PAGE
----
By Daniel Arkin
17 June 2013

(NBC News) – Southern California fire officials warned Monday that the state should take caution during a brutal fire season that projections suggest could be the worst to hit the region in a century.

“We’re going to have a very volatile fire season,” Los Angeles County Fire Chief Daryl Osby said at a Monday afternoon news conference, who noted it could be the worst in 100 years.

The warning comes nearly a week after a monstrous wildfire began to cut a deadly path through Colorado Springs, killing two people and destroying nearly 500 homes. The Black Forest Fire – the most destructive blaze in Colorado history – was 75 percent contained Monday.

California officials advised that projected weather conditions – a menacing mix of warm, dry Santa Ana winds and scant rainfall – may make the looming fire season similarly devastating.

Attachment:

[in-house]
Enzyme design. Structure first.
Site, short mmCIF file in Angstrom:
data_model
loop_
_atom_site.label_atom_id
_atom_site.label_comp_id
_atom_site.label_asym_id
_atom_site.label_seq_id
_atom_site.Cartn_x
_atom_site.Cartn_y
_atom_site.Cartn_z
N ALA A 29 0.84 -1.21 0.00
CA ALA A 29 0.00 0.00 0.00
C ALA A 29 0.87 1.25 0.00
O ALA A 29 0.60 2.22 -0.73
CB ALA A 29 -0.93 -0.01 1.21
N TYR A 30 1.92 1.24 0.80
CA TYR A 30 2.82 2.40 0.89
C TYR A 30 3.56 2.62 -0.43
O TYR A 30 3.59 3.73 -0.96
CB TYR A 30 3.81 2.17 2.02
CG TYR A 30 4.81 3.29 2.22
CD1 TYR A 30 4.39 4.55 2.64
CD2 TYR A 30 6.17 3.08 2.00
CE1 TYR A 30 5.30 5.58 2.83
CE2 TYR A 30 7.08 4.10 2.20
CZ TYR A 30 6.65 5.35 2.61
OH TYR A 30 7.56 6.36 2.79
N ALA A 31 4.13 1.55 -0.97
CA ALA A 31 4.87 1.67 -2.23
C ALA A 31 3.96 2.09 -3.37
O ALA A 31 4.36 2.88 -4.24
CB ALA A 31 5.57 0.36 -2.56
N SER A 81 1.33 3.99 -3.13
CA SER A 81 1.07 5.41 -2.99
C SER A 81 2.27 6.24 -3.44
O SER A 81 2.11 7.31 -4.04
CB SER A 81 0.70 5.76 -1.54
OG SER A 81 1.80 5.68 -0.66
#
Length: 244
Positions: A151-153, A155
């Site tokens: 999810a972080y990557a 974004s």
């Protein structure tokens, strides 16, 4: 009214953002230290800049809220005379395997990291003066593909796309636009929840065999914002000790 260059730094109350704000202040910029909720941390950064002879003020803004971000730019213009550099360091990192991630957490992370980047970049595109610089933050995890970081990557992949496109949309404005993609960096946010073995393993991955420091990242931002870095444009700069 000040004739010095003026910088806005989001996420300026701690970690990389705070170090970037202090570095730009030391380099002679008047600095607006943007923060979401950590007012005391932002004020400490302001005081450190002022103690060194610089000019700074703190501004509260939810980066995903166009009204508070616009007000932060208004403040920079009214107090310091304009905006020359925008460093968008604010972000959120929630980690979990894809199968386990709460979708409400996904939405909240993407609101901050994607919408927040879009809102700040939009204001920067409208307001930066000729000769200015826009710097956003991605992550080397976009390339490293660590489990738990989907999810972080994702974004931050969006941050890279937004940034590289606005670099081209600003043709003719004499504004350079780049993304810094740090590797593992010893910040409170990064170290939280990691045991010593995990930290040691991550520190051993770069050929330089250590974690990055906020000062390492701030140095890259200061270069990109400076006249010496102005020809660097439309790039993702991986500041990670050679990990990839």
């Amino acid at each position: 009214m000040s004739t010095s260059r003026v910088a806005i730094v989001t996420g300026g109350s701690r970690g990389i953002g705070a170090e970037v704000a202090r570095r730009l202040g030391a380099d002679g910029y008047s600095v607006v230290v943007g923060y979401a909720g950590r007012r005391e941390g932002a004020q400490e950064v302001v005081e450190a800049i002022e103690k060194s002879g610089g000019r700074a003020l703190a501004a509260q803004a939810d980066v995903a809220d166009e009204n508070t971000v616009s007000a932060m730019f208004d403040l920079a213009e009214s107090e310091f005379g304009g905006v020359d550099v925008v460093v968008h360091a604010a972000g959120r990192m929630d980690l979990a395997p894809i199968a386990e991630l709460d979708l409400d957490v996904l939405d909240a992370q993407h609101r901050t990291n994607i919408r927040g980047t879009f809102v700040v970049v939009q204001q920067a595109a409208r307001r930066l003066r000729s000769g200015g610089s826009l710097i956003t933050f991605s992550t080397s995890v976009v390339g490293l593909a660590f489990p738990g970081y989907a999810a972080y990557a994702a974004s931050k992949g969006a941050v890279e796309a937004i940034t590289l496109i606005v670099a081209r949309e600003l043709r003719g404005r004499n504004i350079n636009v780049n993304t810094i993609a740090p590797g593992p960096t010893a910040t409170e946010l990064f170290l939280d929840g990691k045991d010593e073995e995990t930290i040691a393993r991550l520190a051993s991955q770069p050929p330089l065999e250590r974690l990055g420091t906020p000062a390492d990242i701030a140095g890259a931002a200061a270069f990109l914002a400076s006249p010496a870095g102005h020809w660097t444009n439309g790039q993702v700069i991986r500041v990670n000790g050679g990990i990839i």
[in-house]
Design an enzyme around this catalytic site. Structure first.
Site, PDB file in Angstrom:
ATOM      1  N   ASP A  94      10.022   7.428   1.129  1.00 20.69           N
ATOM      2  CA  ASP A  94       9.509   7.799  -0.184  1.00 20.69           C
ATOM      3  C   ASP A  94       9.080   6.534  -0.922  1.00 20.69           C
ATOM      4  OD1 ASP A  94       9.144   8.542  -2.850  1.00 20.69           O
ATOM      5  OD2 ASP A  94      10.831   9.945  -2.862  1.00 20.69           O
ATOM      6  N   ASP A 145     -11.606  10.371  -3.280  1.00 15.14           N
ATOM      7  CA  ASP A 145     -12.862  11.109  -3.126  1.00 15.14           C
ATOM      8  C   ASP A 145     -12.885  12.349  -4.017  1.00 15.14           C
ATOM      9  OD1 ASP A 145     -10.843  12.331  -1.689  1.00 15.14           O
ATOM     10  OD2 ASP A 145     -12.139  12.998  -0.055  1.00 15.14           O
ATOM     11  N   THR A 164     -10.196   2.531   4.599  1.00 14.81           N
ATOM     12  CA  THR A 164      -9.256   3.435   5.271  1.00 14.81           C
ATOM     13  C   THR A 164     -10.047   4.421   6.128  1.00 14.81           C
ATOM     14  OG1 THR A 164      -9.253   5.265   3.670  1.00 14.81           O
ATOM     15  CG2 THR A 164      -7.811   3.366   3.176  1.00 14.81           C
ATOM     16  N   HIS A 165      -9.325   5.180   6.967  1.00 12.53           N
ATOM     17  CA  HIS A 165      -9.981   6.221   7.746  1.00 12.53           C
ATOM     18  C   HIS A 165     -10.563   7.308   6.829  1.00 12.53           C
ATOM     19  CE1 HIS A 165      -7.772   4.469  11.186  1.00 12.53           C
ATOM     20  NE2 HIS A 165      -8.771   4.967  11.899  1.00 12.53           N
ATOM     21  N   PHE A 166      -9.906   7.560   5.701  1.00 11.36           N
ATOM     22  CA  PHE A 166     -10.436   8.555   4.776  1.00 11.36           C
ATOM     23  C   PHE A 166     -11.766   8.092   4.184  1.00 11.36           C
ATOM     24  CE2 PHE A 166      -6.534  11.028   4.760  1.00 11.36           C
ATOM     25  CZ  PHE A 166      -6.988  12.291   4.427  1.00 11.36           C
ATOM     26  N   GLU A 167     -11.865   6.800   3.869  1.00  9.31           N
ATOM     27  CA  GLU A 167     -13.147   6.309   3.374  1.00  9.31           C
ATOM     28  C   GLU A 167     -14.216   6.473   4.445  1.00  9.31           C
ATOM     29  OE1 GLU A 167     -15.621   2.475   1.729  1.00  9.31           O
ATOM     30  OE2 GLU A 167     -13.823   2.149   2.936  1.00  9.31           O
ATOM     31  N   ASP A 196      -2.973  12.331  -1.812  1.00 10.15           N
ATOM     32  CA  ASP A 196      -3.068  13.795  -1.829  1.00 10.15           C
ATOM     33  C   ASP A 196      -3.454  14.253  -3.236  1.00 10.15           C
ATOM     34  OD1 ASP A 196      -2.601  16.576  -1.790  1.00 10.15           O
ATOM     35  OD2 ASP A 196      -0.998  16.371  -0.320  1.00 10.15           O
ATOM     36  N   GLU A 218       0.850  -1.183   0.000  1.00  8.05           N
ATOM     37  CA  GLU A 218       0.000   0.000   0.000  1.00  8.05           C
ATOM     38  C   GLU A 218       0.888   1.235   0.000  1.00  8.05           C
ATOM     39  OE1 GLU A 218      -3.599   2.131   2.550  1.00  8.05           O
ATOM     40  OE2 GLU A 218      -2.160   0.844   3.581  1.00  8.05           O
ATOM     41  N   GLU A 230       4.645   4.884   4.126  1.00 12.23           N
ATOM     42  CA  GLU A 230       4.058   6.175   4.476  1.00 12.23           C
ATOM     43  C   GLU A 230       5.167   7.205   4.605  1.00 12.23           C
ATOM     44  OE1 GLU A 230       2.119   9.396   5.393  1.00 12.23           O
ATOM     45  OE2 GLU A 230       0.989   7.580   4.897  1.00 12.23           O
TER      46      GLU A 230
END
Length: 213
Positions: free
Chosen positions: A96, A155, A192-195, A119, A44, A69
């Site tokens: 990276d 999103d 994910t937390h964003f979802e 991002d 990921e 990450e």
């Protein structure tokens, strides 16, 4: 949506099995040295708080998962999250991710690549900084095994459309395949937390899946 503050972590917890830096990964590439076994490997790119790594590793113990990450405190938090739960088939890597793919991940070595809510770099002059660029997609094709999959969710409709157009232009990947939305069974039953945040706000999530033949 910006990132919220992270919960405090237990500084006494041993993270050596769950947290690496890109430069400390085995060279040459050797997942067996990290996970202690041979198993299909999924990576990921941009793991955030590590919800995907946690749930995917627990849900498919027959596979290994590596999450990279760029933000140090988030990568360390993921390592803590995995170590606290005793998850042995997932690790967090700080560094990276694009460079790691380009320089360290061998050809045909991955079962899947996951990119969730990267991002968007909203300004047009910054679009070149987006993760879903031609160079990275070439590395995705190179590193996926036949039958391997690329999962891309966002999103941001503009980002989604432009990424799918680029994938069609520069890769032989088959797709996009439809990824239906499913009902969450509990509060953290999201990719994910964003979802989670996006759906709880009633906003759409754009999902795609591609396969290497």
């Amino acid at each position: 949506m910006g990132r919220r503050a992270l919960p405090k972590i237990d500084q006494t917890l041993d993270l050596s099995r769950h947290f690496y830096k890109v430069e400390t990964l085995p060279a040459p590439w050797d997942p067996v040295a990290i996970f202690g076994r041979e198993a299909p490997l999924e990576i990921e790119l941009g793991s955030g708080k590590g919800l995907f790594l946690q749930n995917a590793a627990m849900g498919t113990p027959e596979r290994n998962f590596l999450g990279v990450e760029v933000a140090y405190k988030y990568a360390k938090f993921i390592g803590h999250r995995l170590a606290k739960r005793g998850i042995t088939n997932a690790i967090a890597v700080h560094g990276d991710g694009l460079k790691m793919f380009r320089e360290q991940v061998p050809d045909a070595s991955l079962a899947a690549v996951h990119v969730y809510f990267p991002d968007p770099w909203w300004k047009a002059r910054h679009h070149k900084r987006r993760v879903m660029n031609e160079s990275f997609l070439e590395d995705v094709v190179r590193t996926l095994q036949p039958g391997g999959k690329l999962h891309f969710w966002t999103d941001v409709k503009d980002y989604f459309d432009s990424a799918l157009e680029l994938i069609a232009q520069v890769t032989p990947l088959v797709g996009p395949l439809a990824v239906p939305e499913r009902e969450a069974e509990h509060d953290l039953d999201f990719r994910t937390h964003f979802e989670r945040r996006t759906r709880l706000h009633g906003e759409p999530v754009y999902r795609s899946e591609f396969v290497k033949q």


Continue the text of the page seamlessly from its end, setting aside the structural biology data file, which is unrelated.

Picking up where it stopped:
A Forestry fire fighter fights a wall of fire during an out of control wildfire, 2 May 2013 in Camarillo, California. Photo: Kevork Djansezian / Getty Images

“Fire conditions in southern California are at levels we have not seen in many, many years,” California Department of Forestry and Fire Protection Director Ken Pimlott said Monday. “That is the case across all of California.”

The blazes on the forecast are expected to wreak extensive havoc across wide swaths of the state, endangering lives and natural resources, Pimlott said.

“These aren’t fires that just burn out in the forest and in the brush lands,” Pimlott said. “These are fires that directly impact the state’s natural resources and the very water that we drink and the air that we breathe.”

Officials are bracing for roughly 2,600 fires across 51,000 acres – a 75 percent increase from the annual average over the last five years, according to Pimlott. [more]

California officials warn fire season could be worst in 100 years



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